Tuesday, April 04, 2006

Breakdown of trust?

There has been much talk of breakdown of trust of late. Chief spy, Billy Masethla, was recently sacked because of a purported breakdown of trust with the Thabo Mbeki. And I have l felt a serious breakdown of trust in my own relationship with state officials. I will find it very difficult to assume sincerity in their future pronouncements of policy.  It is clear now by his later actions and court testimony (well maybe not that clear - it could just be the desperate rambling of man backed into a corner) that when Jacob Zuma advocated an approach to HIV/AIDS that he did not believe this approach himself. He was following the party line. Should I trust a man who merely reads out pre-prepared policy speeches and doesn't in his heart agree with them? (OK, welcome to politics, but when it is made so blatantly evident it does destroy my faith).

I am beginning to wonder however, whether there is something more sinister behind all this talk of a conspiracy and infighting in the ANC surrounding leadership succession. Succession planning is an integral dimension of party politics and allows the still ambitious and power hungry incumbent leader to, in effect, extend his reign and influence beyond his statutory limited full term.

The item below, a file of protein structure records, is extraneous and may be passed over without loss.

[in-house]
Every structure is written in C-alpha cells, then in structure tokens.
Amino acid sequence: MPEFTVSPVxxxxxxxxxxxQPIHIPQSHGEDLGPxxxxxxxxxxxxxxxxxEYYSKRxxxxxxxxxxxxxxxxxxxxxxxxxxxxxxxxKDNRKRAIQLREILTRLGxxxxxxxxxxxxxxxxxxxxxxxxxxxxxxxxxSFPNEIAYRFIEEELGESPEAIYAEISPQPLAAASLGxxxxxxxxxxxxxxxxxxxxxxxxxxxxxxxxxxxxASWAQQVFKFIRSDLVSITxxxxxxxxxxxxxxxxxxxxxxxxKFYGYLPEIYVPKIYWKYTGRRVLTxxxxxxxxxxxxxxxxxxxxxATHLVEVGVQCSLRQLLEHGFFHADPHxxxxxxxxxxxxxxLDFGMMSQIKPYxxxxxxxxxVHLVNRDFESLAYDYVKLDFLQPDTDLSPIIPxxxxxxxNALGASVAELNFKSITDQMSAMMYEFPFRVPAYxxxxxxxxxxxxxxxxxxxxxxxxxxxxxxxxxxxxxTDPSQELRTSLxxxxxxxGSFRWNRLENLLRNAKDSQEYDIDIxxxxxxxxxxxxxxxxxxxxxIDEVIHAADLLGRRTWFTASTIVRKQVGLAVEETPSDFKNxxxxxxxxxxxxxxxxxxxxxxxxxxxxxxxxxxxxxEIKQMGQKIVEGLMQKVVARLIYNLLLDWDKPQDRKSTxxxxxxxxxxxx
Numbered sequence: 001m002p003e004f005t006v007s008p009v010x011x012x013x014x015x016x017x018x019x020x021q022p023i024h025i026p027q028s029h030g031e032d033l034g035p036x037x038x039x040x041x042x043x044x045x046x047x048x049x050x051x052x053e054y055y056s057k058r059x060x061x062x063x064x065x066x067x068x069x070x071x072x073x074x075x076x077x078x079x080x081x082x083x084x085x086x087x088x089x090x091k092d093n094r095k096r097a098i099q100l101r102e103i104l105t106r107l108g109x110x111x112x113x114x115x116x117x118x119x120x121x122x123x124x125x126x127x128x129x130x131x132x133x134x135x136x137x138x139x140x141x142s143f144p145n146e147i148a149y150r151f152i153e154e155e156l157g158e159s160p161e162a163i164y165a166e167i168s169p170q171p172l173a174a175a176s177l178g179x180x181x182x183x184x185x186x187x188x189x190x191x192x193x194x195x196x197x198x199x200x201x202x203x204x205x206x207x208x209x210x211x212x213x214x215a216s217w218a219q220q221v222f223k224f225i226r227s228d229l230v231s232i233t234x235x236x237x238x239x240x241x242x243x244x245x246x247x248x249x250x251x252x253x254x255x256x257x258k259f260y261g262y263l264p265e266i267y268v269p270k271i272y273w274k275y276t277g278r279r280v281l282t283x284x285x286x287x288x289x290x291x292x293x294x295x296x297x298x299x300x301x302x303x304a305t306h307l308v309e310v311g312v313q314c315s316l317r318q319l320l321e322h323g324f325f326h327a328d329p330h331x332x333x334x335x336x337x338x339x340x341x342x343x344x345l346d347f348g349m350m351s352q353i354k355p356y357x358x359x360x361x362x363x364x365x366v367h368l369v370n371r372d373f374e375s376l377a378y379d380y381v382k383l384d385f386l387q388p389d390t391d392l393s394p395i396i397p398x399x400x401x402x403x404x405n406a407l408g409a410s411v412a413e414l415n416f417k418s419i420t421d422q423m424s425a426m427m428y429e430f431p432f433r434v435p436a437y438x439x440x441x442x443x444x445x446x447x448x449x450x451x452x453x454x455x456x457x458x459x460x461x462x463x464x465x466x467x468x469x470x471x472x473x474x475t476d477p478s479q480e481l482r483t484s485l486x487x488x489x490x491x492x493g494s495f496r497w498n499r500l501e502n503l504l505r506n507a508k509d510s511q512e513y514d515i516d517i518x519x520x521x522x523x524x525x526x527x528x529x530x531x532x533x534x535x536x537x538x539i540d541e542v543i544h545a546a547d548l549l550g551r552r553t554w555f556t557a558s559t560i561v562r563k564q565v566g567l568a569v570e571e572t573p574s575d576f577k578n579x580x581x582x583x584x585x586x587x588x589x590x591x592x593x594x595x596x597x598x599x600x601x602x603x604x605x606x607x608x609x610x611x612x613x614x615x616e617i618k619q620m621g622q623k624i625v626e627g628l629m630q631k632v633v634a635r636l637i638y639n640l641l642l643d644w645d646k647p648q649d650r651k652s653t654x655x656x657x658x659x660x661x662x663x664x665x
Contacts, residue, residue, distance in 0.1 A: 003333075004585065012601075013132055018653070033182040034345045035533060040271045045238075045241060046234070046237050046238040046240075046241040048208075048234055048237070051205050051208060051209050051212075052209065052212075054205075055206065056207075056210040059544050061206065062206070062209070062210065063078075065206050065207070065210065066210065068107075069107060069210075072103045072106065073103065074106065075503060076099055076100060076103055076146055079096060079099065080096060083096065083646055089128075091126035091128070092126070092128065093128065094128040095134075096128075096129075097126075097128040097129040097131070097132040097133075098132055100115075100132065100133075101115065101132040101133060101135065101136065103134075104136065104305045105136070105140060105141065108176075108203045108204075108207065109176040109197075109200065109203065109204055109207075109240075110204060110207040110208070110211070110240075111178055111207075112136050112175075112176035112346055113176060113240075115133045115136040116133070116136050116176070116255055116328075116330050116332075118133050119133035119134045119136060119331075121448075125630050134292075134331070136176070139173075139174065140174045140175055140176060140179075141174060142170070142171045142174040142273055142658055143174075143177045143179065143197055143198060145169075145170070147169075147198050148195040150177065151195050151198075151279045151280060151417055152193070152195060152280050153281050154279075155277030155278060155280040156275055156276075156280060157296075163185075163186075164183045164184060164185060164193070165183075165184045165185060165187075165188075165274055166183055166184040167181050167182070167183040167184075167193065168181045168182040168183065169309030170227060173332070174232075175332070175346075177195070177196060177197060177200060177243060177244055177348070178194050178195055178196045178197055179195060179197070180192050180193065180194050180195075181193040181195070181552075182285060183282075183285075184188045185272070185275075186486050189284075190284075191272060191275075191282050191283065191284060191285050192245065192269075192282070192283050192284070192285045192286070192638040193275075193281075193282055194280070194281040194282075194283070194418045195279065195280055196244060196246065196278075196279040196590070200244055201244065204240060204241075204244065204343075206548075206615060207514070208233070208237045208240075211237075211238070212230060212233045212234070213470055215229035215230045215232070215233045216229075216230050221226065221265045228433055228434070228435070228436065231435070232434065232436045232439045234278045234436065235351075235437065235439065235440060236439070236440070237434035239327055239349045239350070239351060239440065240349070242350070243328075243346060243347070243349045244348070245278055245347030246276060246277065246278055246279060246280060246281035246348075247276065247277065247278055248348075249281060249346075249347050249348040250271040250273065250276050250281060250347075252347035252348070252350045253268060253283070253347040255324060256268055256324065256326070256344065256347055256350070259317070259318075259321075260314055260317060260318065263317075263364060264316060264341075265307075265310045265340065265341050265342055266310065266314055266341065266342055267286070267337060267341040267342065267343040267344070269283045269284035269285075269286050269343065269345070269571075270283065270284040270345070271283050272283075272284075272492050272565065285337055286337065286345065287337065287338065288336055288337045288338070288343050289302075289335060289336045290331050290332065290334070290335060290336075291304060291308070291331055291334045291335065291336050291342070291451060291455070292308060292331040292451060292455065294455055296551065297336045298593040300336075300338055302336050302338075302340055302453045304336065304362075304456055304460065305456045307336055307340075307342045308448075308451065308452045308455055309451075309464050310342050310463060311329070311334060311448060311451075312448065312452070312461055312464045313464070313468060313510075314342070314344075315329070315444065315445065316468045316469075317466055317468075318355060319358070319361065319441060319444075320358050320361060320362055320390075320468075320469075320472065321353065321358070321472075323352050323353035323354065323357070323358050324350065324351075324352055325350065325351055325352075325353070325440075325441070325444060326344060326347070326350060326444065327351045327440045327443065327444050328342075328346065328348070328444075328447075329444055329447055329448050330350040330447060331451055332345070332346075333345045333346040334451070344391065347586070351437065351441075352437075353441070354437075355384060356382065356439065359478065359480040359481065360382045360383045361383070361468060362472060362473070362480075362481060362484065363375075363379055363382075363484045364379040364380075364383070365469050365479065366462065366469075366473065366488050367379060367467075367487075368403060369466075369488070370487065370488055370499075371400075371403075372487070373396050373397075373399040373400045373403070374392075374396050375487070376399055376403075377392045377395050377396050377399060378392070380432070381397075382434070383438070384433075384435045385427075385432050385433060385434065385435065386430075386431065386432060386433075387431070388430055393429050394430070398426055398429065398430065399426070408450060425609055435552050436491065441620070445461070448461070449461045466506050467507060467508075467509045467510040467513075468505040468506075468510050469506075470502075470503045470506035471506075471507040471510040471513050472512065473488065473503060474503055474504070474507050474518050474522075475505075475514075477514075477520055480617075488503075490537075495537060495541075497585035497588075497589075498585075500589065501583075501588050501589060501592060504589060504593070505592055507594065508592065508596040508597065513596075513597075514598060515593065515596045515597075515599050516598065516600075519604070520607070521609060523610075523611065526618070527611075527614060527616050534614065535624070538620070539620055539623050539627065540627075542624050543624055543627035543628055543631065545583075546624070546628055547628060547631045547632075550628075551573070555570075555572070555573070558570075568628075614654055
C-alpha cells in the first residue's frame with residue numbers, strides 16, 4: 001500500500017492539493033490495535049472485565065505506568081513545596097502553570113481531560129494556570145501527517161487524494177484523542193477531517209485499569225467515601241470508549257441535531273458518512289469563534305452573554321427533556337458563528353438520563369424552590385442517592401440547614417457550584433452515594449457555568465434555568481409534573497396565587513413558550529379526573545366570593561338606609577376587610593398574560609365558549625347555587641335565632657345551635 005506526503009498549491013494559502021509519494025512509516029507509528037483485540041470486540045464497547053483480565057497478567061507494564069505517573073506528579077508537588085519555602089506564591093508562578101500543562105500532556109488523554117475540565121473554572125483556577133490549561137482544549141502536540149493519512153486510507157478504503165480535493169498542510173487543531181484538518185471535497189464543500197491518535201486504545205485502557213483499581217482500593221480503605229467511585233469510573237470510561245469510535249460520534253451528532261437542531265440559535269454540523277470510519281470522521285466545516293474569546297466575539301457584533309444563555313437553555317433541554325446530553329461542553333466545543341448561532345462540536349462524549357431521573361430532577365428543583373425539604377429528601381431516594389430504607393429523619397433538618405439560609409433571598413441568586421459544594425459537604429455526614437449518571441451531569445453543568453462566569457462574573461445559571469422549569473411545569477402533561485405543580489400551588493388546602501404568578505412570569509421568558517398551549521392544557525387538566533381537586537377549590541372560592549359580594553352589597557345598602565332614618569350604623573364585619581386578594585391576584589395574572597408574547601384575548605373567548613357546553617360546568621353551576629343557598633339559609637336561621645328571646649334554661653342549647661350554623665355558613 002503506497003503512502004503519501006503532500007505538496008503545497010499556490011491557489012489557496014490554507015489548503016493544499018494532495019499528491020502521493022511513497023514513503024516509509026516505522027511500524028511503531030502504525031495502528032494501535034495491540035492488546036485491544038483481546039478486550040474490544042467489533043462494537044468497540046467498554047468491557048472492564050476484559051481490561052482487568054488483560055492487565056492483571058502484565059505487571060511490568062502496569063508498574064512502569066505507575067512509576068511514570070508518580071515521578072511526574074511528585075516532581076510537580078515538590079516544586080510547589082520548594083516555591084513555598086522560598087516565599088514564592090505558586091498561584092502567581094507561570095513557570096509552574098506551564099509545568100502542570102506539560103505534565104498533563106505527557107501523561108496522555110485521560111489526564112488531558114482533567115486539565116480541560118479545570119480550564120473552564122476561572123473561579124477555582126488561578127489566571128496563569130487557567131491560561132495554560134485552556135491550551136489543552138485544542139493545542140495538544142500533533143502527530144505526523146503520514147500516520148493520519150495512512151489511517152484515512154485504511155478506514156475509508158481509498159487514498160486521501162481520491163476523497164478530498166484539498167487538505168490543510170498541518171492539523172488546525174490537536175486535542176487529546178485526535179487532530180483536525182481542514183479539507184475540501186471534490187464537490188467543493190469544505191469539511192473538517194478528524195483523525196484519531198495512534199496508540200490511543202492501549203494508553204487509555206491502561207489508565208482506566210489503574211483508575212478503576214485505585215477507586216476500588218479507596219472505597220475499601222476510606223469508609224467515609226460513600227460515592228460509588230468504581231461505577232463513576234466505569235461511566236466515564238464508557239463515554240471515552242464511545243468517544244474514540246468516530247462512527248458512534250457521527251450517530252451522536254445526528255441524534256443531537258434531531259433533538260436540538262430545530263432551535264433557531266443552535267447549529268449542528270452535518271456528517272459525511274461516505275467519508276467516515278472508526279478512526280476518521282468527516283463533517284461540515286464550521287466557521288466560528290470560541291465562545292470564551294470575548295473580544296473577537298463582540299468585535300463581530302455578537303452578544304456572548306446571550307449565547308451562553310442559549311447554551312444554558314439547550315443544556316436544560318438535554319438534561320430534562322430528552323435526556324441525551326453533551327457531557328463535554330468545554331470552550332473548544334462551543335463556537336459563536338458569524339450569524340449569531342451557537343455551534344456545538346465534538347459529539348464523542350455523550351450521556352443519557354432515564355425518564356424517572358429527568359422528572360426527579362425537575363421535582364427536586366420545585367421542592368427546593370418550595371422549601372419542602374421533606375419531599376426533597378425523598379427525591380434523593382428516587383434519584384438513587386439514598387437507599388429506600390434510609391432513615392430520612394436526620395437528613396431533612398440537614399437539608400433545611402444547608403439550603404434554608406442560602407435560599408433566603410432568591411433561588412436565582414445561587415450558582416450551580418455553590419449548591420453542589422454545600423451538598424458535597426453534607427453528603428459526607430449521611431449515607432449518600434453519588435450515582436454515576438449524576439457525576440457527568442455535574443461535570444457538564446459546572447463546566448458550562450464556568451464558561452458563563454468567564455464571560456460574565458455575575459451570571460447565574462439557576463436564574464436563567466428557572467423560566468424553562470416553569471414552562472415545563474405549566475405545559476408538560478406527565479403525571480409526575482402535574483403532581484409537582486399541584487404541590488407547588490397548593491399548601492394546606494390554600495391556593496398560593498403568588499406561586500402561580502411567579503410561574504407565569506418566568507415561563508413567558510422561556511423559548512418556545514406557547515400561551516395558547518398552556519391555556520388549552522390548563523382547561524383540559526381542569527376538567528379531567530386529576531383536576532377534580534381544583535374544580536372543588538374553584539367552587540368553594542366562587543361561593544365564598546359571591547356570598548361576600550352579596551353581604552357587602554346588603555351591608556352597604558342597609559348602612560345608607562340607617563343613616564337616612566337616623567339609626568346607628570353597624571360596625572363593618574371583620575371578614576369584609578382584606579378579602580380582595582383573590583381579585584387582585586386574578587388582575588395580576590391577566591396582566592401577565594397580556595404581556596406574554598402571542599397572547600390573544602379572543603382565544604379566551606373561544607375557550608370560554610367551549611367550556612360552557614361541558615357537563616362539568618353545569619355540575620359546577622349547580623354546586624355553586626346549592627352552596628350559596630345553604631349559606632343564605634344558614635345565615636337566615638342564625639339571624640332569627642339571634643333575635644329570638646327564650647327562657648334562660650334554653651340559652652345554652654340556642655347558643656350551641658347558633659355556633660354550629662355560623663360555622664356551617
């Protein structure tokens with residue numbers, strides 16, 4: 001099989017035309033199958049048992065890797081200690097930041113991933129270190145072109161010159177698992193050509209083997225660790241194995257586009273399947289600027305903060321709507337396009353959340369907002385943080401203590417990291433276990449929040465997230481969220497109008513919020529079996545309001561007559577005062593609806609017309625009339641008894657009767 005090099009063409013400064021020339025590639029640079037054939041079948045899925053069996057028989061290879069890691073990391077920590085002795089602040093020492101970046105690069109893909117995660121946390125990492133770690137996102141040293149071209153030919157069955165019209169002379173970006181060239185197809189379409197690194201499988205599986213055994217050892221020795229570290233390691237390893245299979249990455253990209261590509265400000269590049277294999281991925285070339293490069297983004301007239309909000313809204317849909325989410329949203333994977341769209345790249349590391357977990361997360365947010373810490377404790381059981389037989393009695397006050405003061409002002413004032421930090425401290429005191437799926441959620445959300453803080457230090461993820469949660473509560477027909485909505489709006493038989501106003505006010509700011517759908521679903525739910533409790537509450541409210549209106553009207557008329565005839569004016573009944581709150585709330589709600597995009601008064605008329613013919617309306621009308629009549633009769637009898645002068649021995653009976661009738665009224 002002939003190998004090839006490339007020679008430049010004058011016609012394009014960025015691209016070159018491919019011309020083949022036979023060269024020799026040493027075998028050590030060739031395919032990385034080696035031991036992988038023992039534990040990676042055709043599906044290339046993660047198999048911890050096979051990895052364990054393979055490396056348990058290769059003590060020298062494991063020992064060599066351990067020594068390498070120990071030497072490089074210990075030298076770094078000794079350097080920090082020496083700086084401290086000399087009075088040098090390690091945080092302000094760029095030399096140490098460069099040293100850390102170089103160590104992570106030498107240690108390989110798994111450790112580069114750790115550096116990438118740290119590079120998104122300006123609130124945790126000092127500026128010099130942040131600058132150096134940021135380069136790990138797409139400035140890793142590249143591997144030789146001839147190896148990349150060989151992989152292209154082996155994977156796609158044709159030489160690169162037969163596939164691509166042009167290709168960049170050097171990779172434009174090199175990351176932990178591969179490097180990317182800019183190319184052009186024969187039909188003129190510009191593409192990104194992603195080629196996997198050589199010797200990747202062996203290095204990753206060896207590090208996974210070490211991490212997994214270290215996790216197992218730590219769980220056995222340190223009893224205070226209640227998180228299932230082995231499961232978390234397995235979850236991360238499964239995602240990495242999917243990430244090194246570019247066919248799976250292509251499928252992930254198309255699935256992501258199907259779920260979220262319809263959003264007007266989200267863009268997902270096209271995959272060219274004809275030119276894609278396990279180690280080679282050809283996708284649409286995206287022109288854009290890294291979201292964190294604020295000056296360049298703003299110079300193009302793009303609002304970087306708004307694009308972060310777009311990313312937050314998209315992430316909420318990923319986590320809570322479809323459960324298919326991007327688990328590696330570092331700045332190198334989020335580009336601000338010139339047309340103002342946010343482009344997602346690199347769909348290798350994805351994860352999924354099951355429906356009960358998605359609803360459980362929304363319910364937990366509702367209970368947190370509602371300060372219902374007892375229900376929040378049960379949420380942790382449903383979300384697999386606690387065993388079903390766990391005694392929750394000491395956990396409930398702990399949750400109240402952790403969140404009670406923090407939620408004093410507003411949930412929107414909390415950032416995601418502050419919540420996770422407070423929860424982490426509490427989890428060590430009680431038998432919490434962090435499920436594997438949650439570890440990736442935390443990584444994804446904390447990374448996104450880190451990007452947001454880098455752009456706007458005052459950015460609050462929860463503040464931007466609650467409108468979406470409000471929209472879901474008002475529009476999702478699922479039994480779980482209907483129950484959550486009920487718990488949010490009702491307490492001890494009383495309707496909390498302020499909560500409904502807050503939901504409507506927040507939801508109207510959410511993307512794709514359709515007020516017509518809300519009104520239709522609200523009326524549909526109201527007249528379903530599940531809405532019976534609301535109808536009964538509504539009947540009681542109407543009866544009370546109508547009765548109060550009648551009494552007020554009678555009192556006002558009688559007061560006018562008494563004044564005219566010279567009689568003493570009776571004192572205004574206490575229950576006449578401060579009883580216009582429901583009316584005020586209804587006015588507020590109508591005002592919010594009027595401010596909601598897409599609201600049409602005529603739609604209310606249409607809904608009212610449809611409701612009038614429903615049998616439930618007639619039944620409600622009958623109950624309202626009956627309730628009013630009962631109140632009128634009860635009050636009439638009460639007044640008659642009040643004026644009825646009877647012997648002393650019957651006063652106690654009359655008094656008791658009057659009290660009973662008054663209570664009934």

I am struck with the parallels with Russian politics. As Yeltsin neared the end of his term in the late 1990's there was a flurry of political motivated sacking. The BBC editorialised at the time that: He (Yeltsin) is terrified by the thought that someone who does not share his vision of the "New Russia" might come to power and undo all that he has done in the last eight years.

There is also currently much back corridor discussion about succession in the Tony Blair's Labour Party. While John Prescott's comment that "Every British Prime Minister goes eventually" is clearly tongue-in-cheek they do emphasise that succession battles could be seen as normal part of the democratic process. My concern is that in South Africa the serious debate is not happening in back corridors and the speculative mainstream media. In South Africa the details of the debate have emerged out of the judicial process, such as the Zuma trial and Saki Macozoma's legal restraint on the NIA, and commissions of enquiry, such as the arms deal enquiries. That there is a legally suspect angle to these goings on suggests that the battle has been both more sinister and clandestine than one would expect in a normal democratic process.

To conclude:
1. We are not a normal democracy,
2. Despite this, our democratic and legal checks and balances are far more robust than Russia's were, and
3. We ain't seen nothing yet!

Follow up : Darren has a some interesting thoughts on the spy scandal.

No comments: